Now showing 1 - 5 of 5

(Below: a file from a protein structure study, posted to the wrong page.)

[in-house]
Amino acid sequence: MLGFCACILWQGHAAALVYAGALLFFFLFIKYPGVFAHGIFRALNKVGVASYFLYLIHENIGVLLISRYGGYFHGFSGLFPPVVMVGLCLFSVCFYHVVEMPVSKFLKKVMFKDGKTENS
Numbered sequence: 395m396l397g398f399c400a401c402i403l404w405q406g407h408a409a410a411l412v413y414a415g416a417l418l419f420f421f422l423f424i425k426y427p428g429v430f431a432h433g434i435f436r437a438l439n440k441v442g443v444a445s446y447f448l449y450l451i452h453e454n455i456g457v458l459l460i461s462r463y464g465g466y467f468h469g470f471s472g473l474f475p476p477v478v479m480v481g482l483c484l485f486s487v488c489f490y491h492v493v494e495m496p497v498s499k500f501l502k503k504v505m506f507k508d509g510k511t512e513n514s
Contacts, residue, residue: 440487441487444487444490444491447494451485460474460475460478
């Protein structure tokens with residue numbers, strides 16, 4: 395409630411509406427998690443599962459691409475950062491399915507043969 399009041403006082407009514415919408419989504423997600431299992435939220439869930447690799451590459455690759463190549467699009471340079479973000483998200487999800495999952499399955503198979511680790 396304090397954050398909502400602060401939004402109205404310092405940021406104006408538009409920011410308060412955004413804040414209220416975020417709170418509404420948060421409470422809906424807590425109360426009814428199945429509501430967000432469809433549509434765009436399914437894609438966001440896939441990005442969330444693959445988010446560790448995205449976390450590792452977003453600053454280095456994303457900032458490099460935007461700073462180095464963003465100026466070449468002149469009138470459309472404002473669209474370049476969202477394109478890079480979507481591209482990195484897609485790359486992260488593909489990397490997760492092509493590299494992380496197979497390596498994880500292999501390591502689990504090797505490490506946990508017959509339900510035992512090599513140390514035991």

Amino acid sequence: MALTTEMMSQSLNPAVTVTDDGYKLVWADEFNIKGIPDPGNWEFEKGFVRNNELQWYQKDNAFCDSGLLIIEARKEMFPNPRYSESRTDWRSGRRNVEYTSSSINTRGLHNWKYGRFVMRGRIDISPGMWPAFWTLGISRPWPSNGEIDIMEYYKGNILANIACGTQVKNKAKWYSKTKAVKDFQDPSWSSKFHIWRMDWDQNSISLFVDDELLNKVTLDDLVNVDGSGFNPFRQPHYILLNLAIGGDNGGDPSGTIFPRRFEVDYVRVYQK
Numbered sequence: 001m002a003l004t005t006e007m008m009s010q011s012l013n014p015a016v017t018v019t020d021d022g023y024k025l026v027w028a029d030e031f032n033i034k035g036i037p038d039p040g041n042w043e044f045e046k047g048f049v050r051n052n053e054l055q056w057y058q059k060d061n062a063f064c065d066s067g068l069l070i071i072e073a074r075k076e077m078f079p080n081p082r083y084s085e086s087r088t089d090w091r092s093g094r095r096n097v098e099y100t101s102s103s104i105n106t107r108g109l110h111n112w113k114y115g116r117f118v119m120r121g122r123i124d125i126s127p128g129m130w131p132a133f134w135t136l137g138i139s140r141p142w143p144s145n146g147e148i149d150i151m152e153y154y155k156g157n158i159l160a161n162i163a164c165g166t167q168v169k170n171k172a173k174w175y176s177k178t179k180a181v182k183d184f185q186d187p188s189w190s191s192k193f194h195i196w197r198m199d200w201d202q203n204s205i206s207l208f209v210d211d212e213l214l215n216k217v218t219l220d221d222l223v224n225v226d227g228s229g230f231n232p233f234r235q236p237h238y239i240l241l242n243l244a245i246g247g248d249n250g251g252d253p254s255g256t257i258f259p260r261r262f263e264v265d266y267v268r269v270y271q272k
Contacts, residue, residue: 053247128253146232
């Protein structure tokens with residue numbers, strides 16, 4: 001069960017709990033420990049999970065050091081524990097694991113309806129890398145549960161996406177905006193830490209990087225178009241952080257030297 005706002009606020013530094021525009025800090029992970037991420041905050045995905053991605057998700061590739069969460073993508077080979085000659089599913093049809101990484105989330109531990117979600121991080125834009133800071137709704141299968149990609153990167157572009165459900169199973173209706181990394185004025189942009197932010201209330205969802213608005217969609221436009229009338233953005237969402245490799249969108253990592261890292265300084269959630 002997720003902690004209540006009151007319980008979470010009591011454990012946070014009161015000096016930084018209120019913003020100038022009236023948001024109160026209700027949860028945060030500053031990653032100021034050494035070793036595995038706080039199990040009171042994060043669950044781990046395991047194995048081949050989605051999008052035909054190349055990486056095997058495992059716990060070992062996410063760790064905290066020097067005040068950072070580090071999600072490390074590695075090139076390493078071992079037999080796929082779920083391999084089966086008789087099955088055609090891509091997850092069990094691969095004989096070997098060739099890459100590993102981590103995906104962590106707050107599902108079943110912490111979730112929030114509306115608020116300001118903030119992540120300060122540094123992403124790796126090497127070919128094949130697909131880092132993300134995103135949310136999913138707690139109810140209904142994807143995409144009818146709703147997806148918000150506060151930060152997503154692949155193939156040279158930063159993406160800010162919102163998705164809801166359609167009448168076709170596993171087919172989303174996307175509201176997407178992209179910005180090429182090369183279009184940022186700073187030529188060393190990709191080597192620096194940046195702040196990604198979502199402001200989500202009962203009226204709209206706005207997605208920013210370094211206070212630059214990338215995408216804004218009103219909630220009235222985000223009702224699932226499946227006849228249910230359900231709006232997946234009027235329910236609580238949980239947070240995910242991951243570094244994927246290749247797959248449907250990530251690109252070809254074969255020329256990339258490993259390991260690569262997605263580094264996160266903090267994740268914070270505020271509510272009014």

- Itemتقييم مصادر المياه الجوفيه وخطة حماية حرم البئر في منطقة الفوار(AL-Quds University, 2011-01-23) امجد ياسر 'عودة الله' درابيع; AMJAD YASER 'AWDT ALLAH' DARABI; جواد شقير; د. عامر كنعان; د.مروان غانمAl Fawwar wells 1 & 2 are major source of drinking water for number of communities like Al- Fawwar camp, Hadeb Al- Fawwar, Al- Higri town and the southern part of Hebron city. The increase in population led to increased water demand and also there is ability to increase the pollution levels. The aim of this study is the delineation of Wellhead Protection Areas (WHPA) for Al- Fawwar wells 1 & 2 in Hebron Governorate due to lack of studies in the West Bank that covers the protection of public drinking water wells from potential sources of pollution by considering the groundwater protection regulation developed by Palestinian Water Authority. It also investigates the potential sources of pollutants that affect the groundwater in the catchment area that extend from Dura at west to Al- Fawwar refugee camp at east, Hebron city at north and Khursa and Tarama villages in south. The lithology of Al- Fawwar wells 1 & 2 was determined by carrying out a geoelectrical investigation by using Vertical Electrical Surrounding (VES). Three main geological formations in the study area were concluded; Hebron formation, Bethlehem formation and Jerusalem formation which consist of dolomite, marl and limestone. The water budget of Al Fawwar wells 1 & 2 catchment was calculated, the area of the wells catchment was about 16 km2 , the volume of: precipitation was 7.93 MCM, water import was 0.438 MCM, evapotranspiration was 5.70 MCM, surface runoff 0.91 MCM, groundwater recharge was 1.84 MCM spring production was 0.354 MCM and a wells abstraction was 0.691 MCM. The evapotranspiration was about 72% of precipitation, the surface runoff was about 11.5% and the groundwater recharge was about 23%. The water loss from precipitation was calculated to be 83.5%. The potential sources of contamination in the catchment determined to include; agricultural lands (use fertilizers and pesticides), lack of sewage network (instead of it, use cesspits to dispose wastewater); for this the groundwater quality of Al- Fawwar wells 1 & 2 was evaluated for domestic purposes. The results show that the concentration of nitrate of Al- Fawwar wells 1 & 2 was (101 and 104 mg/L) respectively, that exceed the acceptable limits of nitrate in drinking water according to iv WHO and PWA standards for drinking water. The results of Fecal coliform (FC) and Total coliform (TC) tests were (zero cfu/ 100 ml) (after chlorination of water) that accepted with WHO and PWA standards for drinking water. The boundaries of Wellhead Protection Area (WHPA) of Al- Fawwar wells were identified using two methods: Calculated Fixed Radius (CFR) and Wellhead Analytic Element Model (WhAEM2000). According to the results of using CFR method for Al- Fawwar well no. 1, the radius of 50 days zone is 51.19 m, for 2 year is 195.6 m and for 5 year is about 309.29 m. For Al- Fawwar well no. 2, the radius of 50 days zone was 38.2 m, for 2 year was 145.8 m and for 5 year was about 230.5 m. According to the results of using WhAEM2000 method for Al- Fawwar well no.1, the travel time parameter (Ť) of 50 days is 0.49, (0.1< Ť < 1), the radius (R) and the eccentricity (δ) is 16.31 m, 5.10 m respectively. For 2 year (Ť) is 7.18, (Ť > 1), the boat shaped radiuses Lu, Ls and Ymax are 149.25 m, 15.77 m, 49.5 m respectively. For 5 year (Ť) is 17.94, Ť > 1, the boat shaped radiuses Lu, Ls and Ymax are 330.53 m, 15.77 m, 49.5 m respectively. For Al- Fawwar well no. 2, the travel time parameter (Ť) of 50 days was 0.93, (0.1< Ť < 1), the radius (R) and the eccentricity (δ) was 12.89 m, 5.2 m respectively. For 2 year (Ť) was 13.55, (Ť > 1), the boat shaped radiuses Lu, Ls and Ymax were 139.7 m, 8.55 m, 26.85 m respectively. For 5 year (Ť) was 33.87, Ť > 1, the boat shaped radiuses Lu, Ls and Ymax were 320.4 m, 8.55 m, 26.85 m respectively. There were violations in the well filed that must prevented after delineation of WHPA of Al- Fawwar wells 1 & 2 like grazing and presence of cesspit in Zone 1. Also there were violations in the boundary of Zone 2 like using of fertilizers and pesticides. By this study, it’s recommended to delineate WHPAs for public drinking water wells mainly by using the WhAEM2000 method.